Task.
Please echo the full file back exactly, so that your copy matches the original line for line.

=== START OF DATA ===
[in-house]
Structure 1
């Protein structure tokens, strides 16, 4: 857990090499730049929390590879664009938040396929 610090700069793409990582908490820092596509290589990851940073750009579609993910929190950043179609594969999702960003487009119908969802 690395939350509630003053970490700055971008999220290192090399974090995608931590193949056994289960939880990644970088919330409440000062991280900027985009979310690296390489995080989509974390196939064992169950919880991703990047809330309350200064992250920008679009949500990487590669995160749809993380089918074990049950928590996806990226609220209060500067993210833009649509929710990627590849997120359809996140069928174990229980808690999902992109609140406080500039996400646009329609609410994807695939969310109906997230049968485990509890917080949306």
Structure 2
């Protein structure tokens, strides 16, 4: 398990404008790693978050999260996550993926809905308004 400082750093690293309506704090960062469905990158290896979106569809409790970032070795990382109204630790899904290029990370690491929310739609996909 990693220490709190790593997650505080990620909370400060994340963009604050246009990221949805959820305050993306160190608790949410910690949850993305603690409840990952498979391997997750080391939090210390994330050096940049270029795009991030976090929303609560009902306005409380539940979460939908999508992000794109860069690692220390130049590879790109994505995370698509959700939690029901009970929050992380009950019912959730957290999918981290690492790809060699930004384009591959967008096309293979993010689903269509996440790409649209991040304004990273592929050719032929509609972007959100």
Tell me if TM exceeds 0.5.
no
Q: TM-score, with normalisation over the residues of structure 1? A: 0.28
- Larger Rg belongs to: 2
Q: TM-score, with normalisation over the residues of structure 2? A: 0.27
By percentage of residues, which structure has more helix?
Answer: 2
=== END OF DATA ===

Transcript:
[in-house]
Structure 1
């Protein structure tokens, strides 16, 4: 857990090499730049929390590879664009938040396929 610090700069793409990582908490820092596509290589990851940073750009579609993910929190950043179609594969999702960003487009119908969802 690395939350509630003053970490700055971008999220290192090399974090995608931590193949056994289960939880990644970088919330409440000062991280900027985009979310690296390489995080989509974390196939064992169950919880991703990047809330309350200064992250920008679009949500990487590669995160749809993380089918074990049950928590996806990226609220209060500067993210833009649509929710990627590849997120359809996140069928174990229980808690999902992109609140406080500039996400646009329609609410994807695939969310109906997230049968485990509890917080949306």
Structure 2
């Protein structure tokens, strides 16, 4: 398990404008790693978050999260996550993926809905308004 400082750093690293309506704090960062469905990158290896979106569809409790970032070795990382109204630790899904290029990370690491929310739609996909 990693220490709190790593997650505080990620909370400060994340963009604050246009990221949805959820305050993306160190608790949410910690949850993305603690409840990952498979391997997750080391939090210390994330050096940049270029795009991030976090929303609560009902306005409380539940979460939908999508992000794109860069690692220390130049590879790109994505995370698509959700939690029901009970929050992380009950019912959730957290999918981290690492790809060699930004384009591959967008096309293979993010689903269509996440790409649209991040304004990273592929050719032929509609972007959100």
Tell me if TM exceeds 0.5.
no
Q: TM-score, with normalisation over the residues of structure 1? A: 0.28
- Larger Rg belongs to: 2
Q: TM-score, with normalisation over the residues of structure 2? A: 0.27
By percentage of residues, which structure has more helix?
Answer: 2